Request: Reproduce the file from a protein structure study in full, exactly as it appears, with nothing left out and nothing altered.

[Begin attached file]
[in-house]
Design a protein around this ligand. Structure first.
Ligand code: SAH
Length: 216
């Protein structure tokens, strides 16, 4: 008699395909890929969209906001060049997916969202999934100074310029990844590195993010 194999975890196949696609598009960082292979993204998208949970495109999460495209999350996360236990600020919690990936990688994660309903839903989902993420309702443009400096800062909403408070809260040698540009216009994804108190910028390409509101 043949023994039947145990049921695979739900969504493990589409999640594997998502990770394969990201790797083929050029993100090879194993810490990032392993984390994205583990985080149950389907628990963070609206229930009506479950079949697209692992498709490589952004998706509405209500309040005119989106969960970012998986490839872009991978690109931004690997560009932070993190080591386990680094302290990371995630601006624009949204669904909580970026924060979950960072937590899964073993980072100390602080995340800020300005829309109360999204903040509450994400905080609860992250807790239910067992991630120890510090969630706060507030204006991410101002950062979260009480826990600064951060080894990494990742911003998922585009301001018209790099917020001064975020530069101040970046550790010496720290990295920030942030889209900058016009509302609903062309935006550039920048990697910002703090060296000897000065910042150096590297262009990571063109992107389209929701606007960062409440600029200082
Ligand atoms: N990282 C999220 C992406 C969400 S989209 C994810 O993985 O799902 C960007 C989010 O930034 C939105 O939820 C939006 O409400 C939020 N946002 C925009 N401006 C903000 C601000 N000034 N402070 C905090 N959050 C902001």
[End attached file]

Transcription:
[in-house]
Design a protein around this ligand. Structure first.
Ligand code: SAH
Length: 216
């Protein structure tokens, strides 16, 4: 008699395909890929969209906001060049997916969202999934100074310029990844590195993010 194999975890196949696609598009960082292979993204998208949970495109999460495209999350996360236990600020919690990936990688994660309903839903989902993420309702443009400096800062909403408070809260040698540009216009994804108190910028390409509101 043949023994039947145990049921695979739900969504493990589409999640594997998502990770394969990201790797083929050029993100090879194993810490990032392993984390994205583990985080149950389907628990963070609206229930009506479950079949697209692992498709490589952004998706509405209500309040005119989106969960970012998986490839872009991978690109931004690997560009932070993190080591386990680094302290990371995630601006624009949204669904909580970026924060979950960072937590899964073993980072100390602080995340800020300005829309109360999204903040509450994400905080609860992250807790239910067992991630120890510090969630706060507030204006991410101002950062979260009480826990600064951060080894990494990742911003998922585009301001018209790099917020001064975020530069101040970046550790010496720290990295920030942030889209900058016009509302609903062309935006550039920048990697910002703090060296000897000065910042150096590297262009990571063109992107389209929701606007960062409440600029200082
Ligand atoms: N990282 C999220 C992406 C969400 S989209 C994810 O993985 O799902 C960007 C989010 O930034 C939105 O939820 C939006 O409400 C939020 N946002 C925009 N401006 C903000 C601000 N000034 N402070 C905090 N959050 C902001």